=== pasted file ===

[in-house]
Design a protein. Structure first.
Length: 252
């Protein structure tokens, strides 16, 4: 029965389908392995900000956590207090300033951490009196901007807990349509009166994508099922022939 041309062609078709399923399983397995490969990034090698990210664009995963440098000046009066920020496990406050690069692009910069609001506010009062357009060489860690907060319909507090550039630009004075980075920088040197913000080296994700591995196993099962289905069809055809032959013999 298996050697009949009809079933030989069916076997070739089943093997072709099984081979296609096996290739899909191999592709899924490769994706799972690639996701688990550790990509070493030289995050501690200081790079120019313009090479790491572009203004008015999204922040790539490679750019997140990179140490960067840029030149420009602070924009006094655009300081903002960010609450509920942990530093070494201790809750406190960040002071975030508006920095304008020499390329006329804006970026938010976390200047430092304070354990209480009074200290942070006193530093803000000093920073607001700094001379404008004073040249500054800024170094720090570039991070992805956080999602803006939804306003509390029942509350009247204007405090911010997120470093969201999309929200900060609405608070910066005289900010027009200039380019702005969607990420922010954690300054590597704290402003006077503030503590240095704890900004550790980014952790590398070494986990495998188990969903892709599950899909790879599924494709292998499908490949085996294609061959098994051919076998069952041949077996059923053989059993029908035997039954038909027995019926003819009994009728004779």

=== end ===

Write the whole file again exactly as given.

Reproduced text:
[in-house]
Design a protein. Structure first.
Length: 252
């Protein structure tokens, strides 16, 4: 029965389908392995900000956590207090300033951490009196901007807990349509009166994508099922022939 041309062609078709399923399983397995490969990034090698990210664009995963440098000046009066920020496990406050690069692009910069609001506010009062357009060489860690907060319909507090550039630009004075980075920088040197913000080296994700591995196993099962289905069809055809032959013999 298996050697009949009809079933030989069916076997070739089943093997072709099984081979296609096996290739899909191999592709899924490769994706799972690639996701688990550790990509070493030289995050501690200081790079120019313009090479790491572009203004008015999204922040790539490679750019997140990179140490960067840029030149420009602070924009006094655009300081903002960010609450509920942990530093070494201790809750406190960040002071975030508006920095304008020499390329006329804006970026938010976390200047430092304070354990209480009074200290942070006193530093803000000093920073607001700094001379404008004073040249500054800024170094720090570039991070992805956080999602803006939804306003509390029942509350009247204007405090911010997120470093969201999309929200900060609405608070910066005289900010027009200039380019702005969607990420922010954690300054590597704290402003006077503030503590240095704890900004550790980014952790590398070494986990495998188990969903892709599950899909790879599924494709292998499908490949085996294609061959098994051919076998069952041949077996059923053989059993029908035997039954038909027995019926003819009994009728004779």